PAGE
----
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Towards Heterogeneous Record and Replay on the ARM Architecture

Towards Heterogeneous Record and Replay on the ARM Architecture

Prof. Dr. Frank Bellosa
Marc Rittinghaus

Bearbeiter:Simon Veith


Record and replay is a technique that enables full-system debugging at high execution speeds. During execution of a virtual machine, all non-deterministic input to the system is saved to a log file. Later, this log file can be used to feed the recorded data back into another virtual machine instance to reproduce the exact execution as in the original system, accurate to the instruction level. Examining a system’s operation on an instruction-by-instruction basis with little runtime overhead enables more insights for the purpose of software verification or security analysis, particularly with regard to the mobile devices and server markets.

While the ARM architecture has been gaining in popularity during the past decade, and the software running on such machines has greatly increased in complexity, most work in the field of record and replay has thus far focused on the x86 architecture. A deterministic record and replay implementation for ARM exists, recording non-deterministic inputs at the virtual device level, but it does not support hardware virtualization.

This work evaluates the feasibility of a heterogeneous record and replay solution for the ARMv7 architecture. We identify the sources of non-determinism in an ARM computer system and demonstrate our implementation of a low-level record and replay scheme with QEMU. Our modified virtual machine software can successfully perform homogeneous record and replay of unmodified guests using the Tiny Code Generator (TCG) binary translator.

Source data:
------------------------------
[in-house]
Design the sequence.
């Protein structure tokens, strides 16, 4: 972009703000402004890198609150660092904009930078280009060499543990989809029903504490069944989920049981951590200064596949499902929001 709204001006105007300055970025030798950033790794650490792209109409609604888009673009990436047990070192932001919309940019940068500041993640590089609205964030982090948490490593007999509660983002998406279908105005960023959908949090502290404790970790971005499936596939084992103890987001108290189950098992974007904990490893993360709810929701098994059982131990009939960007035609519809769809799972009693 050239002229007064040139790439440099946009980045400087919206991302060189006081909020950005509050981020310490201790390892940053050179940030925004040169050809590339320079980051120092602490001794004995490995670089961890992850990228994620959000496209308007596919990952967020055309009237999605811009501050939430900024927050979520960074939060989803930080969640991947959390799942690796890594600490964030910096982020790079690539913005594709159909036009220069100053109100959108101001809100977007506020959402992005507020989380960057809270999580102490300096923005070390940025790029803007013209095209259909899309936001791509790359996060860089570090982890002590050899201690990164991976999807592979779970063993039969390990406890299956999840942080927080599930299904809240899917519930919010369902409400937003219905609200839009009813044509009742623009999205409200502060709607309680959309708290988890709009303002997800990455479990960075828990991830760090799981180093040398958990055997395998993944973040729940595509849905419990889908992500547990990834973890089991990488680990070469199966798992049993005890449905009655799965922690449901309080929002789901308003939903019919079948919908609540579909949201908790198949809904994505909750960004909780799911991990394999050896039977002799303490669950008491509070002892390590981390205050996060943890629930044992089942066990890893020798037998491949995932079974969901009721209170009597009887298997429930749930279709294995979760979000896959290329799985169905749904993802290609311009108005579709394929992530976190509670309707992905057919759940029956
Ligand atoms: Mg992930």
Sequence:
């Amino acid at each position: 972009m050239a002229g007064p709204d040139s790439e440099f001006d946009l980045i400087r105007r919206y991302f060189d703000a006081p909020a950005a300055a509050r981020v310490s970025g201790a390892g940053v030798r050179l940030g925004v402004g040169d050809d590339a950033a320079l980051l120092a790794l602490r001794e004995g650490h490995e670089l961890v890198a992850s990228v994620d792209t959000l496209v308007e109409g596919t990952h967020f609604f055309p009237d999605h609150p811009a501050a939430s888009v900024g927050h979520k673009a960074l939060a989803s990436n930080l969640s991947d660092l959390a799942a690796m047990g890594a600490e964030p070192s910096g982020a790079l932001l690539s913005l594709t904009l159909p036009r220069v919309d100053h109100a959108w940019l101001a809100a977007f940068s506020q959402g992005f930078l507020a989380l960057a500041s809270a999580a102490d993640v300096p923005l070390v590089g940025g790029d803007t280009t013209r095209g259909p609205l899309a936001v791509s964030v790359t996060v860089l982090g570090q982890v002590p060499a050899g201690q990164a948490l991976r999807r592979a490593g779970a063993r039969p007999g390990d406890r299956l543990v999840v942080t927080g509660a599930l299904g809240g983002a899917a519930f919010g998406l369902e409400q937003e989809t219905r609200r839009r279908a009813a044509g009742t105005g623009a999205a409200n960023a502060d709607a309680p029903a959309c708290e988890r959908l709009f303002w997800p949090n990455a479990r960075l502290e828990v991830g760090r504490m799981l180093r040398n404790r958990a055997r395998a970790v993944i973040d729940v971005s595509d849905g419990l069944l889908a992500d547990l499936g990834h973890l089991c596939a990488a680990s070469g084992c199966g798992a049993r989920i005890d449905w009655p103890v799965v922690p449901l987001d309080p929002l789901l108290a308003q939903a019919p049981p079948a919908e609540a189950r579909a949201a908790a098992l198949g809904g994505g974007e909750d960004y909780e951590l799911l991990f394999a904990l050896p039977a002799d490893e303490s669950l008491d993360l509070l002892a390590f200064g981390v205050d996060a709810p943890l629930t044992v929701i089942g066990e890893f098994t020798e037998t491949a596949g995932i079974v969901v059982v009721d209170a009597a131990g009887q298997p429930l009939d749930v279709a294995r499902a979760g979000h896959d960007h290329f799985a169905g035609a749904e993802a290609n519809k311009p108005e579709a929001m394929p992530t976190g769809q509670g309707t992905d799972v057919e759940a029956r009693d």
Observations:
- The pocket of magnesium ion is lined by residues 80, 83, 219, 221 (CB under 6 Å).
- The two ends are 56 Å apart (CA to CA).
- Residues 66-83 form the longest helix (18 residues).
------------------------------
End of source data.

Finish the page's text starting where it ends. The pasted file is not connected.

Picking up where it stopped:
We have implemented recording for the heterogeneous case, using the Linux Kernel-based Virtual Machine (KVM) as the hypervisor. However, we have identified several issues in the architecture’s design and its implementations that complicate a successful replay: Certain instructions exhibit non-deterministic behavior that cannot be recorded; however, with appropriate correction mechanisms, successful replay may yet be possible.

Although runtime overheads of up to 40 % have been observed in the KVM-accelerated recording system, it still operates faster than a TCG-based virtual machine running on high-end x86 machines.


  author = {Simon Veith},
  title = {Towards Heterogeneous Record and Replay on the ARM Architecture},
  type = {Master Thesis},
  year = 2017,
  month = jan # "31",
  school = {Operating Systems Group, Karlsruhe Institute of Technology (KIT), Germany}